Here you will find WCSD Smarter Balanced data for the 2016-2017 school year. For more information regarding the Smarter Balanced Assessment Consortium and to view our latest data, please visit our primary Smarter Balanced page.
Achievement Level Descriptors (ALDs) are often used to explain the knowledge and competencies students display at different levels of achievement. These ALDs are often found on aggregate and student-level score reports so stakeholders, such as parents and teachers, can more fully understand what students have demonstrated on an assessment. The table below defines the achievement levels for the Smarter Balanced assessment. For more information on Smarter Balanced reporting, click here.
Nevada’s Achievement Level Descriptors
|The student has exceeded the achievement standard and demonstrates advanced progress toward mastery of the knowledge and skills needed for likely success in future coursework.
|The student has met the achievement standard and demonstrates progress toward mastery of the knowledge and skills needed for likely success in future coursework.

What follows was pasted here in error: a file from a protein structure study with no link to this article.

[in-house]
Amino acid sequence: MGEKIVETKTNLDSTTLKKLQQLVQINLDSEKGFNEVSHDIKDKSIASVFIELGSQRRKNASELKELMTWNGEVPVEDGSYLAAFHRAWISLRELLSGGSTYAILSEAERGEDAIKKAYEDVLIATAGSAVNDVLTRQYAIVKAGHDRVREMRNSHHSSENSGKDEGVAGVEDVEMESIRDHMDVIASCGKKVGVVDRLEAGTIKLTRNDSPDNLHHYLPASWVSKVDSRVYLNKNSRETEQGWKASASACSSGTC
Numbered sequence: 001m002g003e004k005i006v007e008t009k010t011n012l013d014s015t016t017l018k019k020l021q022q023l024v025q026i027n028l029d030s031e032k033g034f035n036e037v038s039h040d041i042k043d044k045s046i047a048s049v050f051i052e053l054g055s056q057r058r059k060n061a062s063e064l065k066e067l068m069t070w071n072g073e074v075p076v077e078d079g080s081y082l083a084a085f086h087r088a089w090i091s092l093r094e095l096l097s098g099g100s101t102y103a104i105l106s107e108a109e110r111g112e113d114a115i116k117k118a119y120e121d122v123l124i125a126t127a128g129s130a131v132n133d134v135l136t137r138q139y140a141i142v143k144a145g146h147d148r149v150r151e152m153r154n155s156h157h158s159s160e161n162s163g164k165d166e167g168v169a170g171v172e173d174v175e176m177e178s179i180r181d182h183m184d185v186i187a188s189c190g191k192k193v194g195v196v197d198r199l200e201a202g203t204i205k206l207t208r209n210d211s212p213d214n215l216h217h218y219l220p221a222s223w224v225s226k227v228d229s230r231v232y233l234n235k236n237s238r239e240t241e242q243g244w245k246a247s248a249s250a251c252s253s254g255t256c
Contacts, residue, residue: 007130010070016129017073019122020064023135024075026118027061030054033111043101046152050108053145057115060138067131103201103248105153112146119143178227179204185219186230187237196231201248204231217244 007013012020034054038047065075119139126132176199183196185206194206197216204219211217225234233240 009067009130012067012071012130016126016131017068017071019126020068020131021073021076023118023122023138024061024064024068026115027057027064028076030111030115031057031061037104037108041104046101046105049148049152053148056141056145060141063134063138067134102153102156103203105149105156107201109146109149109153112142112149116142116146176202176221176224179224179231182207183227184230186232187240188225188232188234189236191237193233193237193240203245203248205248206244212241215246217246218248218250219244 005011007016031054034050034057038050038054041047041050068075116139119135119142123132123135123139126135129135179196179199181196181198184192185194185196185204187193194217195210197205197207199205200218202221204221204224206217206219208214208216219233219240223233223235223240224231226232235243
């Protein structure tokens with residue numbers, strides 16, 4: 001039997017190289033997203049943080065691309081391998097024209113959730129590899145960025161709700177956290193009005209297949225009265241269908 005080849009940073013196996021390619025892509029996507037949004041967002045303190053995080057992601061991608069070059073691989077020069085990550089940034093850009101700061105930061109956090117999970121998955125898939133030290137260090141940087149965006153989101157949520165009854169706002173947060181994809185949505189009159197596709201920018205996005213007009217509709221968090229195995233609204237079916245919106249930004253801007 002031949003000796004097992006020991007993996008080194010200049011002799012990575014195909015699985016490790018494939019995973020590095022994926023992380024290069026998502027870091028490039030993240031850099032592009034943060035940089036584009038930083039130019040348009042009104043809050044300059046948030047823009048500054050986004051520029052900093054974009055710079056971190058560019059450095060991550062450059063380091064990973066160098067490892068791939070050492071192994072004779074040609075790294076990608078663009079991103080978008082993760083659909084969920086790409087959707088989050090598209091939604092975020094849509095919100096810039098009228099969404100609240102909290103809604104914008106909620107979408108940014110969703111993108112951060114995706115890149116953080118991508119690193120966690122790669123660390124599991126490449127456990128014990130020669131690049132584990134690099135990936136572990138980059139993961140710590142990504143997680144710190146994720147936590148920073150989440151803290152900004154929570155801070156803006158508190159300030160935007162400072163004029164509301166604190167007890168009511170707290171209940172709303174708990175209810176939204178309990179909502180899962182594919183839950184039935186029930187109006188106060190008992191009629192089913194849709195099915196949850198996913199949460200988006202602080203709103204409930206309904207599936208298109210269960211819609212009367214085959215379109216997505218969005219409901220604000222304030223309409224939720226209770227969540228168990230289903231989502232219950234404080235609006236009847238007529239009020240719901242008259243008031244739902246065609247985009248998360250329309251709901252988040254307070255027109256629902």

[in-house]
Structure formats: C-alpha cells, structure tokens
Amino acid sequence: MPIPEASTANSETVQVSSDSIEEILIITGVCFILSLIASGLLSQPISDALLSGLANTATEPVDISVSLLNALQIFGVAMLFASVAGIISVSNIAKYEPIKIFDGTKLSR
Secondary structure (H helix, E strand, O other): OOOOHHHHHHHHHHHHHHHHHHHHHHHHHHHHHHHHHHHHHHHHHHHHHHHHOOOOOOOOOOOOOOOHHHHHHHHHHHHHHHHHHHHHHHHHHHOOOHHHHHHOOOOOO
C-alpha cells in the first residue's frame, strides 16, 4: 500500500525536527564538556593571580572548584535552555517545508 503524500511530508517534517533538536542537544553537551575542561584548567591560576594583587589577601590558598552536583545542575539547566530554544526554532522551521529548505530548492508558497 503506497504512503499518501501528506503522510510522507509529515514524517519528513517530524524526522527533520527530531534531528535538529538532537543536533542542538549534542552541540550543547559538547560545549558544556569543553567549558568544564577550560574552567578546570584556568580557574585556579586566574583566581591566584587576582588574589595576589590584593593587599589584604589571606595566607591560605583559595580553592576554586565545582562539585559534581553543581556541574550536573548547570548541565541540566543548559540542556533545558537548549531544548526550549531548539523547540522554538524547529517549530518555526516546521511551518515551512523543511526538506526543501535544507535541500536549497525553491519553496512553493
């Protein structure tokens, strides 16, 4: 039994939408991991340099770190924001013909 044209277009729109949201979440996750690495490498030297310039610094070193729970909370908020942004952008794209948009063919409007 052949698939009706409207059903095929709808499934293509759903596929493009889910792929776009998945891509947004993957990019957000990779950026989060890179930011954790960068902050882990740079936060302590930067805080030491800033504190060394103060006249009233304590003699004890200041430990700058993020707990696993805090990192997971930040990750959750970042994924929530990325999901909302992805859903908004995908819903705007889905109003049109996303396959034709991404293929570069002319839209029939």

|The student has nearly met the achievement standard and may require further development to demonstrate the knowledge and skills needed for likely success in future coursework.
|The student has not met the achievement standard and needs substantial improvement to demonstrate the knowledge and skills needed for likely success in future coursework.
The chart above displays the percent scoring in each achievement level, by student population, in English/Language Arts (ELA). The column to the far left shows how all WCSD students scored. In total, 17% scored in the range of the highest achievement level (level 4). Thirty-one percent (31%) scored at level three. This sums to 48% scoring at or above the standard. Twenty-six percent (26%) scored in the “The student has nearly met the achievement standard…” range, and 26% scored in the lowest range. Each of these achievement level ranges sends a different signal to educators about how our students should be met and supported in learning and mastering the state’s learning standards.
Looking across the columns (and clicking into them to dive deeper into student population data), the reader can see that performance varies significantly among populations. As is the case in many measures of academic performance, this shows that we have an achievement gap, and a significant amount of work to do in order to ensure each student, regardless of background, is given the opportunity and supports to master standards, and reach the graduation stage. Using these data as a baseline, along with legacy state test data, we will continue working to close this achievement gap. We have several current programs that are showing promise and have begun implementing new initiatives to tailor supports to specific student needs.